“The 9th Art and the second gender” or the place of women in comics in the center of a documentary film

Comics, a man’s job? Before the 70s, of course. But ever since pioneer Claire Brétécher, women have stepped in the door and taken over this male art field. On the occasion of the 50th anniversary of the Angoulême Comics Festival, five authors trace their journey with humor and determination and the road ahead.

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Festival of Lights 2022 in Lyon

What do they have in common? Laureline Mattiussi, Sandrine Revel, Jeanne Puchol, Claire Gaudriot are the designers. Marie Bardiaux-Vaïente is the screenwriter. All these women live from their art and paintings and express the place of the second gender in the 9th art in front of the camera of Laurent Turnebis.

There is a world to go from the all-male art discipline to the coronation of the Grand Prix of the last edition of Angoulême in 2022, the Canadian Julie Doucet. A world whose lines have shifted and all five are privileged witnesses.

The clichés of female designers are rigid, like comic book heroines, femme fatales with overly perfect plastic beauty or, conversely, mother figures of a world confined to the family home.

But as Jeanne Puchol recalls, Claire Brétécher appeared in the 1970s as the devil who entered her box and kicked the anthill. His first hero? Cellulite. His name alone creates a scene and gives a gift.

Disrespect found its face: Claire Bretécher overturned the table. Agrippina has been the queen of punchlines even before the word existed.

And the man takes it for his rank.

Still, it was not easy for him to make a living from his art.

This profession seemed unattainable to me, but I have always drawn since I was three years old, and always in the form of comics.

But it took courage to rush into a breach opened by Bretécher. Laureline Mattiussi remembers that it was difficult to convey just the word “author”. The place of women in comics was not given to them with respect. We should have won, go get it. Each of our five witnesses recalls common expressions of misogyny.

You shoot well for a woman.

Jeanne Puchol, comic book author

“The 9th art and the second sex” documentary film

They all embrace their feminism, in their words, in their paintings.

Laureline Mattiussi, in chicken coop island, enjoys creating a cowardly hero whose charm is not physical and whose language is somewhat vulgar.

Originally from Langone and a former student of the Conservatoire des Beaux-Arts in Bordeaux, Sandrine Revel published last year a comic book adaptation of Annick Cojean’s Grand Reporter au Monde, a 1972 trial, after working in the youth universe. Bobigny. This emblematic abortion rights trial was won by the equally iconic lawyer Gisèle Halimi.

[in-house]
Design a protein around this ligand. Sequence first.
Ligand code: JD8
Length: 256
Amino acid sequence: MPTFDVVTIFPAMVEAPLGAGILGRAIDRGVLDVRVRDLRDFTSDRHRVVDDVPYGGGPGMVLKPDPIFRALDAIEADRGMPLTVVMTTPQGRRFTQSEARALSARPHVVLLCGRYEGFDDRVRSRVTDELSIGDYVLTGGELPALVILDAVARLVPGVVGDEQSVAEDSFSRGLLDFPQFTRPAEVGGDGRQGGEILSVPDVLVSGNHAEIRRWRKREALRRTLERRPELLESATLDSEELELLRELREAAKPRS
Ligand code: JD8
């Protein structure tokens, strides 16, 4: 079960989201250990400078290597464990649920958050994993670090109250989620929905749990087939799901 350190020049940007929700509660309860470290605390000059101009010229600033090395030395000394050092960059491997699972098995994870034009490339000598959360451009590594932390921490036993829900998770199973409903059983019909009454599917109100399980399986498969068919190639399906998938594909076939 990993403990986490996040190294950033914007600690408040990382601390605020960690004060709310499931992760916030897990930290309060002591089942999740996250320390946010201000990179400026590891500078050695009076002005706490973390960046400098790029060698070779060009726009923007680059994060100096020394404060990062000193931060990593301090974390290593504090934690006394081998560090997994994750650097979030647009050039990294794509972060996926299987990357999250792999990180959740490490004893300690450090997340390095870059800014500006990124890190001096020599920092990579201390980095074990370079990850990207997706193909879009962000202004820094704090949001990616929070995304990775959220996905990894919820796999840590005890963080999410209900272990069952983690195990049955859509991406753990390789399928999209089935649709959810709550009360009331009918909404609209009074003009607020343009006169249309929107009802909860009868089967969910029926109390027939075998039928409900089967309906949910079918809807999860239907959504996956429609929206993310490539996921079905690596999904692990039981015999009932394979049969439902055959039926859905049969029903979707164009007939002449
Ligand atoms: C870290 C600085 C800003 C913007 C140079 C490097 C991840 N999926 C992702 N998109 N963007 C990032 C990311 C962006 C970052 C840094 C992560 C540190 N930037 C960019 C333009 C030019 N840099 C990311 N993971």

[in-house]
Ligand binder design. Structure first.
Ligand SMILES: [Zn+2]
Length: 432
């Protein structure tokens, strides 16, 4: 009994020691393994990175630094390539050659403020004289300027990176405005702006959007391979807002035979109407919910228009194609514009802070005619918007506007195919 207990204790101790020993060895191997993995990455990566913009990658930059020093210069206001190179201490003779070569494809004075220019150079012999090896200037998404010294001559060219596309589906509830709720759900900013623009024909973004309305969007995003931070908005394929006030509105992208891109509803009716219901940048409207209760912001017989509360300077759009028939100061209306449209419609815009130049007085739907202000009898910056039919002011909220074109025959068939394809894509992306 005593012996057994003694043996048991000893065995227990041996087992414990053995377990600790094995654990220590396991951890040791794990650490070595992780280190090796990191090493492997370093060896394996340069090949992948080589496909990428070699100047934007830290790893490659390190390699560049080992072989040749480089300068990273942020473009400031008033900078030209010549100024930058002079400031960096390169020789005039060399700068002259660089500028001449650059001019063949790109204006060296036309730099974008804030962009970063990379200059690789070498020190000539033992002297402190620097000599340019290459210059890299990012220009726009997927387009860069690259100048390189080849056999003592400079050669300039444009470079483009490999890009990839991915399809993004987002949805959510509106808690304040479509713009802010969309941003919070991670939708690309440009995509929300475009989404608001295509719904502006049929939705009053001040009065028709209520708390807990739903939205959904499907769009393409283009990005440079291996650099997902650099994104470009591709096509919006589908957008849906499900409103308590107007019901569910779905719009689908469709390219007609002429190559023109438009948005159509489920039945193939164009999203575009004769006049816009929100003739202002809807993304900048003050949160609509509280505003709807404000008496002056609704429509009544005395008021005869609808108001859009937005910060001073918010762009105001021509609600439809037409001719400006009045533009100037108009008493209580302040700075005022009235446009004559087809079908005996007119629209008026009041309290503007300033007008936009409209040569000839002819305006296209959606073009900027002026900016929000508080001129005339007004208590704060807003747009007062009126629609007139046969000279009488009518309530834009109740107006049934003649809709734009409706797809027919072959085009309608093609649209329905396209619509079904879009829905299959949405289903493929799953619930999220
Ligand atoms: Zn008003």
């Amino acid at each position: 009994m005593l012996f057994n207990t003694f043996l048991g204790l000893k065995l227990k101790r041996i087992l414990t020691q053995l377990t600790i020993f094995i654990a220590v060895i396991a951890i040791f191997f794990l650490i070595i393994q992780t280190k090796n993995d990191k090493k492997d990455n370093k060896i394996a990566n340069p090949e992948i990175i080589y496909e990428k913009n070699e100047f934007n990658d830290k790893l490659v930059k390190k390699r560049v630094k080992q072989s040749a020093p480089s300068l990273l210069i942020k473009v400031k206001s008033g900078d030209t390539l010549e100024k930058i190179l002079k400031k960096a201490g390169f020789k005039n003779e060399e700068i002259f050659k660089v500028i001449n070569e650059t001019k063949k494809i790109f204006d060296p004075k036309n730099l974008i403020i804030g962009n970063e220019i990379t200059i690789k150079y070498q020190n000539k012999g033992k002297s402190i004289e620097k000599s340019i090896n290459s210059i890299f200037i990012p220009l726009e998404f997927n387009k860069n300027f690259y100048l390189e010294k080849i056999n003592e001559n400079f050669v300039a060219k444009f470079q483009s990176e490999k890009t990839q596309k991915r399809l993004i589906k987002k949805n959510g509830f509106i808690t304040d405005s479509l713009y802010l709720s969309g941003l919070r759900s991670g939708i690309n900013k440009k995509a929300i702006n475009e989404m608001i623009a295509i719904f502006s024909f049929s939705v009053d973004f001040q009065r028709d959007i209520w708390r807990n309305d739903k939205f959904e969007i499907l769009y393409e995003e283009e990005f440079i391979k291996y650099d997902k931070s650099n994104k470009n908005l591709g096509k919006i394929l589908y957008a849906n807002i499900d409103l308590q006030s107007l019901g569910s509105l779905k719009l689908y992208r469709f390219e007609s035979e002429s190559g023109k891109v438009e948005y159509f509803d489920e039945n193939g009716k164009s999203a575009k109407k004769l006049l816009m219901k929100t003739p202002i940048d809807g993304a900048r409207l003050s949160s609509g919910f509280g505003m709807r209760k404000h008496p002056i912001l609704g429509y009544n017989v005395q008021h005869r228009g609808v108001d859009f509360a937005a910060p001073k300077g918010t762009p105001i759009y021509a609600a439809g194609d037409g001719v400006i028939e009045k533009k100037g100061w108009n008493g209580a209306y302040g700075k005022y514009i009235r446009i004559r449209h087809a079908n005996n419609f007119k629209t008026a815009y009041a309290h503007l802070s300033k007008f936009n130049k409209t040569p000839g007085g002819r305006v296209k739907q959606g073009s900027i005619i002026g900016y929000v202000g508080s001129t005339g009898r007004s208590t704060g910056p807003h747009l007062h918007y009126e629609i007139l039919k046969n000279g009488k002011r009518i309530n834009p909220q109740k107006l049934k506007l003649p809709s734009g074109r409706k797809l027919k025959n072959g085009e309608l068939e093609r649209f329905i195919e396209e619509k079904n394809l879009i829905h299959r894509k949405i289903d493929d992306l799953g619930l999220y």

as the latest in a long line of women’s rights books Rebirths, women in the process of desocialization or a portrait of Marilyn Monroe.

Jeanne Puchol did not go there all four ways. The name of his first album? Nerdy!

If she dedicated an album to François Mitterrand or, more recently, to Malik Oussequin, her contribution to the feminist movement is the red thread of her work. The pinnacle of her mark is undoubtedly in 2012’s Joan of Arc, scripted by Valerie Mangin, which begs the almost blasphemous question: what if Joan of Arc was a witch?

In 2015, he was part of the new BD Egalité collective, a non-mixed community that allows authors to come together, discuss and support each other.

Screenwriter and historian Marie Bardiaux-Vaïente is also part of this collective. “Comics are popular art in the noblest sense of the term. It allows to attract the attention of most political or social subjects. Feminism is one of them.” does it thereby demonstrate its commitment?

If I am a feminist activist, it is because feminism seeks justice.

Marie Bardiaux-Vaïente, author of comics

“The 9th art and the second sex” documentary film

Feminism is also claimed by Claire Gaudriot. Coming from the world of youth comics, she dedicated several albums to portraits of real-life heroes and women who chose freedom instead of the path assigned to them. It starts with Calamity Jane.

Or Ada Lovelace, the English countess famous for inventing the first computer program in the 19th century.

Uninvited, women invaded the world of comics. They brought a serious side to him and allowed him to break out of his two enforced universes: youth and fantasy. Frontally, they have profoundly influenced the perception of comics, from the script to the graphics. With determination, as we have seen, but also with a more lethal weapon: humor. Sometimes a subtle humor echoes the often awkward expressions of conventional machismo.

The provocation of women is laughable.

Jeanne Puchol

“The 9th art and the second sex” documentary film

Today comes a new generation, more courageous, confident with the battles of their elders. If the lines have certainly shifted, stereotypes are as rigid in comics as anywhere else.
In fifty years, the Angoulême Festival has honored only four women: Claire Bretche with the 10th anniversary special prize in 1982 and three Grand Prix for Florence Chestak in 2000, Rumiko Takahashi in 2014 and Julie Doucet in 2022. parity is still a long way off. off.

There are so many left to write boards that tell the story of women and comics.

France 3 mobilizes to celebrate with you the 50th anniversary of the Nouvelle-Aquitaine Angoulême Comics Festival and to relive its highlights, meetings, longings, among others. To view and review on our France.tv platform.

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